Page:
Kings of Bedlam
It was a dismal morning to be called to a murder. Although, as Charles Drake gripped the brim of his hat against rain-spitting gusts, he thought maybe any morning commenced with an inquiry into a murder and dismemberment would be dismal. Carriages rattled past, springs creaking over uneven macadam. Women in black velveteen bonnets with stained smocks called to him to buy a bun. Aldgate was a seedy district, and Drake, dressed as always with military precision in a black wool overcoat and bowler hat, stood out like—well, like the well-clothed arm of the law poking about in London’s shit factory.
The Pump, known for providing illicit comforts of a masculine nature, was, officially, a common lodging-house on Leadenhall Street, near the Aldgate Pump, which lent the place its sobriquet. That, and—one assumed—the crude pun. The Pump had a soot-streaked stone façade, a shabby memoriam of fallen Georgian respectability. Drake knew it at once as his destination, not just because of the small crowd of gawkers craning their necks by the streetlamp outside, but by the police officer who stood in the mouth of the alley next to the building, shining a lantern down on a blued corpse.
As he strode through the onlookers, someone hissed at him and grabbed his arm. “You’ll want to stay back, boy. Bad business. Dead body, and the poor fellow’s manhood was ripped clean off. They’re saying the Strangler done it! Law’s thick as ants on a kicked anthill.”
The “boy” rankled, but it was years since Drake had let it show in his face. He just nodded, dislodged the gawker’s hand from its clench on his arm, and strode on. Two Metropolitan beat officers stood in front of the alley, their shoes coated in mud. One flung up a hand to halt his progress.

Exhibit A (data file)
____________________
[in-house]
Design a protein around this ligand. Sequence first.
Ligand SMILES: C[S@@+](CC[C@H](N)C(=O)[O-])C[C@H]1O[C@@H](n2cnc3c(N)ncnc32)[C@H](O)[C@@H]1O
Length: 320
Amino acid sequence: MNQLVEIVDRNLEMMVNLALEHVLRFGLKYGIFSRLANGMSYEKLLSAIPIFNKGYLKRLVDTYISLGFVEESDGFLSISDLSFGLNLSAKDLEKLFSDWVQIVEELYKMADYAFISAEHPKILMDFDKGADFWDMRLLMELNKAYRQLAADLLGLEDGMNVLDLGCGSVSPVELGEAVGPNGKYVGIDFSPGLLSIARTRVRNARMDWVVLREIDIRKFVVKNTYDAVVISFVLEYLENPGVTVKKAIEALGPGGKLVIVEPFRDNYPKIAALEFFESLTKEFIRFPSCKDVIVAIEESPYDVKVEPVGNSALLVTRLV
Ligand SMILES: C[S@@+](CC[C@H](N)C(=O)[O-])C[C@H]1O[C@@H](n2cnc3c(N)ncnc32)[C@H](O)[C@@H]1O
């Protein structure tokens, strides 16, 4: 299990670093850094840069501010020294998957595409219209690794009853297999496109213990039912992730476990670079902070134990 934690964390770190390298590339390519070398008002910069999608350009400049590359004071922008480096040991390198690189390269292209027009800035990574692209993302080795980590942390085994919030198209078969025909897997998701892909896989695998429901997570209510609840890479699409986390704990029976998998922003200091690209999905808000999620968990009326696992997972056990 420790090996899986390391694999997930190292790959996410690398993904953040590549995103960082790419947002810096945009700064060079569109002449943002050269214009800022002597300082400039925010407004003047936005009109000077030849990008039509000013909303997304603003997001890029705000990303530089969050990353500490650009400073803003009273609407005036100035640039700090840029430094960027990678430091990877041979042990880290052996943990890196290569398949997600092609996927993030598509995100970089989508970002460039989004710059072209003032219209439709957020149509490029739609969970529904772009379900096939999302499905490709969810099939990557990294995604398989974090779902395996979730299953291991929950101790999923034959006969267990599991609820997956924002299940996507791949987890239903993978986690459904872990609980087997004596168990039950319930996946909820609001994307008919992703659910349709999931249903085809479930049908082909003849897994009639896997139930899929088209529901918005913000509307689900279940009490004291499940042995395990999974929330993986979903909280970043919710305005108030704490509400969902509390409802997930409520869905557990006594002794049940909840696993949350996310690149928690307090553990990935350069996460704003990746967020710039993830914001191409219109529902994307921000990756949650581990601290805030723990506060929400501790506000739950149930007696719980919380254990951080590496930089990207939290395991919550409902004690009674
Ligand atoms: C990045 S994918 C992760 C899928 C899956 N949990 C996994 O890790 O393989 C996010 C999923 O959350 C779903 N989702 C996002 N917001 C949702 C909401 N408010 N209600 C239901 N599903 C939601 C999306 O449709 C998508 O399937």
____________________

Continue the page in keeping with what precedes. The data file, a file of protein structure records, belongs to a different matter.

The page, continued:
Drake pulled a warrant book from an inner coat pocket and snapped it open. “Detective Constable Charles Drake.”
He didn’t bother to look at the whey-faced young copper as he folded the warrant book shut, replaced it in his now-unbuttoned coat, and stepped passed them into the alley.
The corpse lay with one hand outflung, naked skin waxen and shining in the gleam from a mirrored lamp one of the foot patrols held.
Sleet slanted down through a filthy gray sky. Soot-creased mounds of snow lay piled against alley walls, pock-marked with icy raindrops. Drake’s coat hem slapped at his ankles with the weight of ice clinging to the fabric as he paced the body, visually charting its proximity to the wall, the alley mouth. At last, he halted in front of the body. He took out a charcoal pencil and a notepad from his inner coat pocket and crouched near the corpse.
An icy chill shivered down his spine but he felt almost feverish, heat-swamped and shaky. Drake breathed through his mouth once, twice. He took care not to show it, but death always struck him this way. A tide of sickness rising in his gorge. He swallowed against the sensation of vaporous terror and, like that, his mind seemed to snap back into its ordinary cold clarity.
Drake flipped to a blank page and began to sketch the corpse. Well-built but without the musculature of a working man, his skin was pale and smooth. Young, or youngish, and possibly middle class, possibly a clerk or other office dweller. Sandy hair, cropped short, but for long strands that hung in front of his ears, plastered to his pale cheek. The observer’s eye drew, of course, to the bloody gap at his groin, and the fleshy member, severed and discarded near the man’s head. The man had long sideburns and the severed member was circumcised, both of which details made the existence of a skullcap and tasseled undergarment extraneous. This was a Jewish corpse. Drake made a notation in his notebook. Not that he needed to note it: he already knew the corpse’s name. The dead man’s face was marbled but recognizable as that of Lewis Bloom—a regular associate of a mapmaker named Israel Sabelinksy. Drake had followed Sabelinsky last night to a seditionist haunt called the Sugar Loaf.
Drake knelt and put a gloved fingertip to the body’s head, lifting it enough to study the neck.